The mode of production debate in 1970s Latin America – a hidden pearl of 20th century Marxism [Latin American Marxism stream]

David Mayer


From the late 1960s on, debates around the Marxian notion of ‘modes of production’ emerged in several world regions and in different contexts. While the meaning and reading of this notion varied greatly – ranging from very ‘philosophical’ approaches to anthropological and historicist adoptions – it is striking how, for a short moment in the 1970s, the notion became prevalent both in the Global North and South and how interrelated these debates were despite their obvious differences. One of the forgotten yet most interesting branches of this globally interrelated concern for ‘modes of production’ is the Latin American controversy about the characteristic of historical, especially colonial ‘modes of production’. It featured a striking level of conceptual complexity, empirical foundation and intellectual differentiation (suggesting different kinds of specifically ‘colonial’ and/or sub-regional ‘modes of production’). This paper will not only present some of the positions and analyses developed in this debate but also pay special attention to its historical sociology of knowledge: its embeddedness in the political controversies of the day, its connections to further debates both in Latin America and other world regions, the changes in the type of intellectuals involved, they ways an argument was constructed, and its position in the ‘geography’ of 20th century Marxism will be analysed. In this way, the paper will highlight how the Latin American ‘mode of production’-debate could become one of the most precious moments in the history of Marxism and, at the same time, a rather hidden pearl in its treasure chest.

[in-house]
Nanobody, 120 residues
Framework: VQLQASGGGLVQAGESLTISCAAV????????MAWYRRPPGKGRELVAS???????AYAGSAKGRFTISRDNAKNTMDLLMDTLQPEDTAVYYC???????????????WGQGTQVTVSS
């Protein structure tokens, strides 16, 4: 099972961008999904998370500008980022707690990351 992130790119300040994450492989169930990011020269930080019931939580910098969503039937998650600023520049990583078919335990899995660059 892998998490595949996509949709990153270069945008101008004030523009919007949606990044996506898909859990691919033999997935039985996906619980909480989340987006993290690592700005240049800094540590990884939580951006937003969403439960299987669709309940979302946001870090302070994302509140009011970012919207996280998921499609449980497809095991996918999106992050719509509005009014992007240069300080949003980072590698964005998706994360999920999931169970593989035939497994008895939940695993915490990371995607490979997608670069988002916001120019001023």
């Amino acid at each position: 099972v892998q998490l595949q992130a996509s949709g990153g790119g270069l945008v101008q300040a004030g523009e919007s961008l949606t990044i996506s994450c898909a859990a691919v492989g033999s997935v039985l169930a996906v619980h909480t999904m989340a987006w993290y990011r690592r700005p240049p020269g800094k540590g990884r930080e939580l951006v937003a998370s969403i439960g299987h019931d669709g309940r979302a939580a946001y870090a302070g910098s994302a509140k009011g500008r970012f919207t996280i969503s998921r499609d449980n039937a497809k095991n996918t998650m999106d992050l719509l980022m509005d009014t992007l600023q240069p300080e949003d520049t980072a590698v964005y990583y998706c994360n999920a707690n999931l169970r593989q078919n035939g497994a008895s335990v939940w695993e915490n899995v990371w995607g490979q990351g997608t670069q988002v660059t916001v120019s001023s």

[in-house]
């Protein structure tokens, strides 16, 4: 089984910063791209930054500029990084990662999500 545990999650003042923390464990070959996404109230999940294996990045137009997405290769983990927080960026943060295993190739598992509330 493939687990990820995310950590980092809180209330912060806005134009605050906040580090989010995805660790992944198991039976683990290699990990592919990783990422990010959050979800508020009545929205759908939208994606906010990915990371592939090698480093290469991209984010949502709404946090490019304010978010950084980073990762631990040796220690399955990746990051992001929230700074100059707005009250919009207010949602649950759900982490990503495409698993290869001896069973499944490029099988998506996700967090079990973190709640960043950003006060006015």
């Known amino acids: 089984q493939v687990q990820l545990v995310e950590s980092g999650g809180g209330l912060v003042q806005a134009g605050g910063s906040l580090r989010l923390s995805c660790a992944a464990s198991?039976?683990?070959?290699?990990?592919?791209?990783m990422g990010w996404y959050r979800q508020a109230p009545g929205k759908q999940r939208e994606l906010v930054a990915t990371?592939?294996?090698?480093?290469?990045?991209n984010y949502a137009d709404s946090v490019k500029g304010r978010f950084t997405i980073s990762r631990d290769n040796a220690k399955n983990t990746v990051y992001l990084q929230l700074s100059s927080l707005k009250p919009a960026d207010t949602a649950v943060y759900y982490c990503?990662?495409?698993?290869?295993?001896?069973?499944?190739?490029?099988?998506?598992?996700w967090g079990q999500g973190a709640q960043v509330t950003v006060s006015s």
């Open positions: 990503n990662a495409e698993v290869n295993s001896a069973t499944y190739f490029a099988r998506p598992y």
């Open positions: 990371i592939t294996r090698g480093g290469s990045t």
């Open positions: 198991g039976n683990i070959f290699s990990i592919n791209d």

Latin America - modes of production - history